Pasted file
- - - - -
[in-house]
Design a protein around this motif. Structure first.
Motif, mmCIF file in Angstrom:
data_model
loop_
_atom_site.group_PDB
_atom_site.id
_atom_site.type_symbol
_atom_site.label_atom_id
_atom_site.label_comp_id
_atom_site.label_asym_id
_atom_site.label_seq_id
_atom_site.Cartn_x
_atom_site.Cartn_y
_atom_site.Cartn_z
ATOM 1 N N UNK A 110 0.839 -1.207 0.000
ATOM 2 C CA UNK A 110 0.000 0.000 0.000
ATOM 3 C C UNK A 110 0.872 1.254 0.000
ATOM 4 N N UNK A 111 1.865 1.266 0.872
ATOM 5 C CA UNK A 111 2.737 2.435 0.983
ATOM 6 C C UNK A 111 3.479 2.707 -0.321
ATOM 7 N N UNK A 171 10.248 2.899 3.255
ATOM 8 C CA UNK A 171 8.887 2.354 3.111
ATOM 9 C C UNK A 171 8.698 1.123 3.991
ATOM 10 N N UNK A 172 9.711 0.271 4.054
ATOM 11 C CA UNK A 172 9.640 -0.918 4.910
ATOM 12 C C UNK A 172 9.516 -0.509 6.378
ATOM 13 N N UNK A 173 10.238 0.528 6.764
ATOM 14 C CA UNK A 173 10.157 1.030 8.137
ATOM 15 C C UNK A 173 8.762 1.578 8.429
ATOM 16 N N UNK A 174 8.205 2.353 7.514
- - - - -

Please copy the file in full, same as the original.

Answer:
[in-house]
Design a protein around this motif. Structure first.
Motif, mmCIF file in Angstrom:
data_model
loop_
_atom_site.group_PDB
_atom_site.id
_atom_site.type_symbol
_atom_site.label_atom_id
_atom_site.label_comp_id
_atom_site.label_asym_id
_atom_site.label_seq_id
_atom_site.Cartn_x
_atom_site.Cartn_y
_atom_site.Cartn_z
ATOM 1 N N UNK A 110 0.839 -1.207 0.000
ATOM 2 C CA UNK A 110 0.000 0.000 0.000
ATOM 3 C C UNK A 110 0.872 1.254 0.000
ATOM 4 N N UNK A 111 1.865 1.266 0.872
ATOM 5 C CA UNK A 111 2.737 2.435 0.983
ATOM 6 C C UNK A 111 3.479 2.707 -0.321
ATOM 7 N N UNK A 171 10.248 2.899 3.255
ATOM 8 C CA UNK A 171 8.887 2.354 3.111
ATOM 9 C C UNK A 171 8.698 1.123 3.991
ATOM 10 N N UNK A 172 9.711 0.271 4.054
ATOM 11 C CA UNK A 172 9.640 -0.918 4.910
ATOM 12 C C UNK A 172 9.516 -0.509 6.378
ATOM 13 N N UNK A 173 10.238 0.528 6.764
ATOM 14 C CA UNK A 173 10.157 1.030 8.137
ATOM 15 C C UNK A 173 8.762 1.578 8.429
ATOM 16 N N UNK A 174 8.205 2.353 7.514